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The eight chapters of Season 2 run at various lengths - around 48 minutes to just about one hour, with no introductions by a host. It will be interesting to see how PBS fits them in. As usual with this stuff, I cannot image what might be cut, but I have never watched the PBS run of Season 1 to see what "they" thought was or was not important enough to leave in. But then, I thought the original British explanation of the inheritance law of the period (they went over it three or four times in various chapters as it must have seemed odd to the modern British as well) was quite clear and do not really understand why PBS made a big deal out of it, so what do I know.

A BIT LATER IN THE DAY: I just received the PBS schedule for January and they show Season 2 will be shown in an hour slot from 9 to 10 on Sunday, each part being one of seven. I do not quite understand as the British Season 2, as I mentioned above, has eight parts. No doubt some explanation will be forthcoming.

This post has been edited by Wade Sowers on Dec 9 2011, 04:47 PM
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Lisa Larkin
Posted: Dec 10 2011, 09:55 PM


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I will be very surprised if they don't cut it. Near as I can tell, they cut everything. A cyber-friend attended some JASNA screening in New York of one of the Austen adaptations and during the Q&A, she questioned Rebecca Eaton about the cuts. There were audible gasps from the audience who had no idea the thing had been cut for PBS. She said Eaton was rather pissed to be confronted on it and rather defensive about it.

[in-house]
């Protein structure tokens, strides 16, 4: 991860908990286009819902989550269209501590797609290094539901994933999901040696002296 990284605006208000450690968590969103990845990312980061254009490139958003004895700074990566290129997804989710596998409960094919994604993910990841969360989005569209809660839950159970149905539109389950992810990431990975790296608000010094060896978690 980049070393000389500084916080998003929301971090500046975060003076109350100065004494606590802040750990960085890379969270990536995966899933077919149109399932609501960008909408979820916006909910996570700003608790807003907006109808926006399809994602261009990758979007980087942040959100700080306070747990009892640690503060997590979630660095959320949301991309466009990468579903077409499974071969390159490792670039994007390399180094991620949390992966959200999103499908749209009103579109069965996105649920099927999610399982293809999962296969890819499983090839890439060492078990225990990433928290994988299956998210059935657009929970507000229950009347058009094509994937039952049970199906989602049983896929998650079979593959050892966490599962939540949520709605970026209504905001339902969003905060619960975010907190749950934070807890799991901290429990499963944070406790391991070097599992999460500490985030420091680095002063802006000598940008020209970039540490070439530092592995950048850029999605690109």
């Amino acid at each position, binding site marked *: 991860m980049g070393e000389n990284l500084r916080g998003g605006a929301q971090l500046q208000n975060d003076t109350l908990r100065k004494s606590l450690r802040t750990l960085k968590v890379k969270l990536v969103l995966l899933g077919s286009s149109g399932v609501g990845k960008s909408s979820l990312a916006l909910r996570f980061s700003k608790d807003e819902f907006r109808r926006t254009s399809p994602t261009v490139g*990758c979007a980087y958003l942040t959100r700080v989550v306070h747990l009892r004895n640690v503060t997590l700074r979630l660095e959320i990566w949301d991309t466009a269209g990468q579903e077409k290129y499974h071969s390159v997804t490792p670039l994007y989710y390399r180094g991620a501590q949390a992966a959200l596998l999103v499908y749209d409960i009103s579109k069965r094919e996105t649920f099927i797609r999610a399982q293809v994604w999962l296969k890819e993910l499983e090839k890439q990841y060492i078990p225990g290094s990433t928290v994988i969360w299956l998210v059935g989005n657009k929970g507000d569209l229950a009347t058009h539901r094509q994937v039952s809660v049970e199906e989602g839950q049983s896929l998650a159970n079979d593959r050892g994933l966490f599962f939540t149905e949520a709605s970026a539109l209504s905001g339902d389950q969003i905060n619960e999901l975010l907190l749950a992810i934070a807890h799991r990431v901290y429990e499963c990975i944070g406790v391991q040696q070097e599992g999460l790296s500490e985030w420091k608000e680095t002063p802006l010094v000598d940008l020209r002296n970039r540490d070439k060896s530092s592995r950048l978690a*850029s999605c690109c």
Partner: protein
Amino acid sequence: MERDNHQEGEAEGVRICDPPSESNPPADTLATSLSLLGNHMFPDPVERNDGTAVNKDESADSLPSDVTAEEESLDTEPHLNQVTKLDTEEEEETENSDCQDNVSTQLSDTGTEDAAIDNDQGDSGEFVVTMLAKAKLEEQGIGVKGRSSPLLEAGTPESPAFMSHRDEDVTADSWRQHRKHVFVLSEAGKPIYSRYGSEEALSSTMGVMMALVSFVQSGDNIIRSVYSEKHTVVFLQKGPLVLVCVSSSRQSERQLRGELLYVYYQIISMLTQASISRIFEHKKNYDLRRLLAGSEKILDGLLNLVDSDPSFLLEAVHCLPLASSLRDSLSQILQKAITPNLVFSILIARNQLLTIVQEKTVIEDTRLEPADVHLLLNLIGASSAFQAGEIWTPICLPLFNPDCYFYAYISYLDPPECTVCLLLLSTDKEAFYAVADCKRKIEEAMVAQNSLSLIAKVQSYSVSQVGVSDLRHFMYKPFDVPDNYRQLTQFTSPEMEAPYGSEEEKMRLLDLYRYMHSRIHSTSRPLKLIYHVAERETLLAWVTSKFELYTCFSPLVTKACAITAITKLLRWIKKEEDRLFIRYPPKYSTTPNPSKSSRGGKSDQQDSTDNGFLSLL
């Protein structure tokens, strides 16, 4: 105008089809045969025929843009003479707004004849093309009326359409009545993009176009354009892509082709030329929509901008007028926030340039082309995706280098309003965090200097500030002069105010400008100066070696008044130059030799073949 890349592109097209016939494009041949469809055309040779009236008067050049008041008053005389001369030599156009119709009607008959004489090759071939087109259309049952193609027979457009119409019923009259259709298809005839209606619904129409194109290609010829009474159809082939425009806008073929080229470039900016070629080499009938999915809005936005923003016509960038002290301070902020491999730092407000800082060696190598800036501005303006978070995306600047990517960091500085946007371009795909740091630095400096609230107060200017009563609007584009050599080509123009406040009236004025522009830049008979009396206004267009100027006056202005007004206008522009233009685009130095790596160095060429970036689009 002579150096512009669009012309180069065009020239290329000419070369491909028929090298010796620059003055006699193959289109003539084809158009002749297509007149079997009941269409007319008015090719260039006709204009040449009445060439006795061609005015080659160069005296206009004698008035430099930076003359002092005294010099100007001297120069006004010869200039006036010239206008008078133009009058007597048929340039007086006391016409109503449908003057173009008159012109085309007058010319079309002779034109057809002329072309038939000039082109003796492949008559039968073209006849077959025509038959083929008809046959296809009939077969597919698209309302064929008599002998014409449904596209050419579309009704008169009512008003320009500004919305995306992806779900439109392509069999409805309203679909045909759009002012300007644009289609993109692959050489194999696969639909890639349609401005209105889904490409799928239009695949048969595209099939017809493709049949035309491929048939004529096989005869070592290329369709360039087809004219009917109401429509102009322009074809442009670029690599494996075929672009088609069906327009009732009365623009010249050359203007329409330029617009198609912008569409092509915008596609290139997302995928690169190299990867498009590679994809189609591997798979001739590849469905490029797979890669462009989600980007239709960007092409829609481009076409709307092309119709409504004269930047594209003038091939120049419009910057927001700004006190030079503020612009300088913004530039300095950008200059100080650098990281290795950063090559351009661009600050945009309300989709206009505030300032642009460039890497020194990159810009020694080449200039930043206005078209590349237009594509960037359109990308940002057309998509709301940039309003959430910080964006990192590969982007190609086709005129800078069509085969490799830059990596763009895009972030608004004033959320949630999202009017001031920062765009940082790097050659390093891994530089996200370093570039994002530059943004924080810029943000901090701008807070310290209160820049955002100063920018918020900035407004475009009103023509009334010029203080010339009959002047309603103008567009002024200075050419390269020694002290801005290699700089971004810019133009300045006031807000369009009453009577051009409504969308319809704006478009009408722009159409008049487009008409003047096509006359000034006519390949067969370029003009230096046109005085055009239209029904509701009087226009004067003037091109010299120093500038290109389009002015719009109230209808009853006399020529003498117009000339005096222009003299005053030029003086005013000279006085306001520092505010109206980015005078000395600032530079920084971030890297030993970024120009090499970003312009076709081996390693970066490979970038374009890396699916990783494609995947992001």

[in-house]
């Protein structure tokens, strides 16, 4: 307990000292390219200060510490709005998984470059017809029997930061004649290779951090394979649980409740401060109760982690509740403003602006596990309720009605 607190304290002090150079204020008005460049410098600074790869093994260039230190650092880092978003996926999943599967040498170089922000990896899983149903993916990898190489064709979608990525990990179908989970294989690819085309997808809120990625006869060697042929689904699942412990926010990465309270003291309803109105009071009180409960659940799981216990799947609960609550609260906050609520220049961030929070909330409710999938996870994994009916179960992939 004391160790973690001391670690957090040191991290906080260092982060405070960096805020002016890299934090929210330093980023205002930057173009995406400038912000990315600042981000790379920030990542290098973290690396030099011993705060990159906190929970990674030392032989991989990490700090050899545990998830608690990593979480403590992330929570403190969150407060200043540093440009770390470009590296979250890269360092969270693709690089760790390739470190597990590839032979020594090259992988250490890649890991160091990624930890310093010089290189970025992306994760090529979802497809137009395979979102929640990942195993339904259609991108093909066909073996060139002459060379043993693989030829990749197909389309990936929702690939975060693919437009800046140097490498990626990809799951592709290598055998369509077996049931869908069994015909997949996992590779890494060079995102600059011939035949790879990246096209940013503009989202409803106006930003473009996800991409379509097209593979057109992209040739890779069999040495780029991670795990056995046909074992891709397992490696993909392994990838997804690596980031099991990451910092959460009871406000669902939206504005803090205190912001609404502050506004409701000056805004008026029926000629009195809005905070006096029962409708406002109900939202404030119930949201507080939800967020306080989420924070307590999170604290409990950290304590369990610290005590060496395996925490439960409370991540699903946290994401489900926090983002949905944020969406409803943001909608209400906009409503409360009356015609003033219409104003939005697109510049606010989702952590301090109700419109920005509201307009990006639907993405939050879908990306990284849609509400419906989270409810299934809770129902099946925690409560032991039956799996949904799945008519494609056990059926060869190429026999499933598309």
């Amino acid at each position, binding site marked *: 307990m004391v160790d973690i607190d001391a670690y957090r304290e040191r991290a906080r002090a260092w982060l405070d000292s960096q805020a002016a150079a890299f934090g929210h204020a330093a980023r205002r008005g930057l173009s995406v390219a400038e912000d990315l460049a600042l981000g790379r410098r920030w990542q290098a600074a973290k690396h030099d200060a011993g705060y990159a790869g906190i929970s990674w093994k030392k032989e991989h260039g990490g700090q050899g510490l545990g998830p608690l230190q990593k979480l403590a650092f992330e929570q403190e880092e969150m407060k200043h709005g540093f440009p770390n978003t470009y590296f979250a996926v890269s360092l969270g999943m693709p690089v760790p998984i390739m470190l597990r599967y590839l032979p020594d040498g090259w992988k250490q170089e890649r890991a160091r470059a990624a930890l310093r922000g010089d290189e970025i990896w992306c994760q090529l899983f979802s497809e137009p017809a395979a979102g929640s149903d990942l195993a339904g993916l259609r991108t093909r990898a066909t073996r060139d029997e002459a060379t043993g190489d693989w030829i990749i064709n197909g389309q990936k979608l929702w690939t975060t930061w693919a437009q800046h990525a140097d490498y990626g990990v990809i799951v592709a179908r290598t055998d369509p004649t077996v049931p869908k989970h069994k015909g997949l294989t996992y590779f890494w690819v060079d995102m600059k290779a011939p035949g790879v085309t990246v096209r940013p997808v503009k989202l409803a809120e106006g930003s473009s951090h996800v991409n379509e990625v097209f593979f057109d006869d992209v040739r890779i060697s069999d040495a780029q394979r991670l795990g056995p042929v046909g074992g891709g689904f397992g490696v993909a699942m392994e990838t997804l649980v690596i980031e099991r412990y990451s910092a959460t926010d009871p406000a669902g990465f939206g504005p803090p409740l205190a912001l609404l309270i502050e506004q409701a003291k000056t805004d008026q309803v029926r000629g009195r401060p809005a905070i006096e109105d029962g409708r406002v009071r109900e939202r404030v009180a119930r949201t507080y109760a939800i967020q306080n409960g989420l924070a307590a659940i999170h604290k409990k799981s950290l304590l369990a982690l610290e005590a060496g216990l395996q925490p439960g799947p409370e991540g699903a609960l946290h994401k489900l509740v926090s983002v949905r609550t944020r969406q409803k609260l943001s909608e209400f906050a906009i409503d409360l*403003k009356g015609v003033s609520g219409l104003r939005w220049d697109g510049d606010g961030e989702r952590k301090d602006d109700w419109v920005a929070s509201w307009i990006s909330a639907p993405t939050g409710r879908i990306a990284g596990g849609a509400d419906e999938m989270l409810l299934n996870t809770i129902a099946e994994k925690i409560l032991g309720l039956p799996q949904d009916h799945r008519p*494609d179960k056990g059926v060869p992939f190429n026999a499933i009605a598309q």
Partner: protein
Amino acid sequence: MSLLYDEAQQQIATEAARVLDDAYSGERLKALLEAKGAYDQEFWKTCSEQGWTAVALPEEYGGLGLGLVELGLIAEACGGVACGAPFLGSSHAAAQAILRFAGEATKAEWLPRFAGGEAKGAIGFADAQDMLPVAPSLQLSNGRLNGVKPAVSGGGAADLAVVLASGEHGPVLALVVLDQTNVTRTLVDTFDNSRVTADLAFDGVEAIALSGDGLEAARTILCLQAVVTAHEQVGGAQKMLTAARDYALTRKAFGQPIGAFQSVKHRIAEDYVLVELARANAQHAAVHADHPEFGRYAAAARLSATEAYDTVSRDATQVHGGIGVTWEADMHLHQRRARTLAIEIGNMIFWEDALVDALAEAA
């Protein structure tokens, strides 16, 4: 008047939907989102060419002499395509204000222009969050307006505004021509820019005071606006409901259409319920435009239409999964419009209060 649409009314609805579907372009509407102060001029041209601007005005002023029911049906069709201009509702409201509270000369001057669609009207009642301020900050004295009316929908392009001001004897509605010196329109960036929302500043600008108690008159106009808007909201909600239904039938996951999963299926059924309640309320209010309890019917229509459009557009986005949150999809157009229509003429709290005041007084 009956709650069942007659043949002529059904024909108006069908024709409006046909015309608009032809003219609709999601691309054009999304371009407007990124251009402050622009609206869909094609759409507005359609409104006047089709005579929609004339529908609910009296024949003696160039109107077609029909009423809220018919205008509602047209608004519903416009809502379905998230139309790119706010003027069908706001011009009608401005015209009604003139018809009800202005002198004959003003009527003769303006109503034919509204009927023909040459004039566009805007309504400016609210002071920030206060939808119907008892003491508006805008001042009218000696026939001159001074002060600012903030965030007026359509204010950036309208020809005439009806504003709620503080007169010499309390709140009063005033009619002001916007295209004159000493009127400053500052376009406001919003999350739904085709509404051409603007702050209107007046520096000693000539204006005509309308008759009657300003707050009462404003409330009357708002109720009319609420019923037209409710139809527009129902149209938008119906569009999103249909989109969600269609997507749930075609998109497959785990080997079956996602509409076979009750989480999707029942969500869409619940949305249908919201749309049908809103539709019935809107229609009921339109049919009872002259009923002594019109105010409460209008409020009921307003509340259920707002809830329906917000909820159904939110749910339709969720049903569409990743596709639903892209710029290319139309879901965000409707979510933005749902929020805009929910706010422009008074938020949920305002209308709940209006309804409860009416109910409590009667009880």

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Lang Thompson
Posted: Dec 11 2011, 09:32 AM


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So is the US DVD of the first season cut at all? There's one post on Amazon that says it's the original UK version but then in the next sentence mentions "changes". It's streaming on Netflix which is how I keep planning to at least watch the first episode.
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Wade Sowers
Posted: Dec 31 2011, 12:22 PM


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We just watched the CHRISTMAS AT DOWNTON ABBEY Region Free British Blu-ray mentioned above - it turned out to be a 90 minute chapter of the series (actually, very little Christmas is involved, but it has a "seasonal" setting) that continues right after Season Two ends and resolves (!) some of the plot points that have carried us through Seasons One and Two . . . I wonder how PBS will handle this (is it scheduled? Will they wait until Christmas 2012?) - without a knowledge of these events Season Three will seem a little odd . . .

This post has been edited by Wade Sowers on Dec 31 2011, 12:28 PM
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Michael Blanton
Posted: Jan 1 2012, 08:08 PM


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QUOTE (Lisa Larkin @ Dec 10 2011, 09:55 PM)
There were audible gasps from the audience who had no idea the thing had been cut for PBS.

I just picked up the British R2&4 PAL DVDs of BBCs of Tinker, Tailor, Soldier, Spy. The 1979 version with Alec Guinness has seven episodes but was trimmed to six episodes for PBS. So apparently, they've done this for quite some time.

From wiki:

"In the United States, subsequent syndicated broadcasts and DVD releases compressed the seven British episodes into six, in which scenes were shortened and the narrative sequence altered."

http://en.wikipedia.org/wiki/Tinker,_Tailor,_Soldier,_Spy

EDIT: The original airing in the US may have had all seven episodes (see below), the wiki article linked above is a little confusing.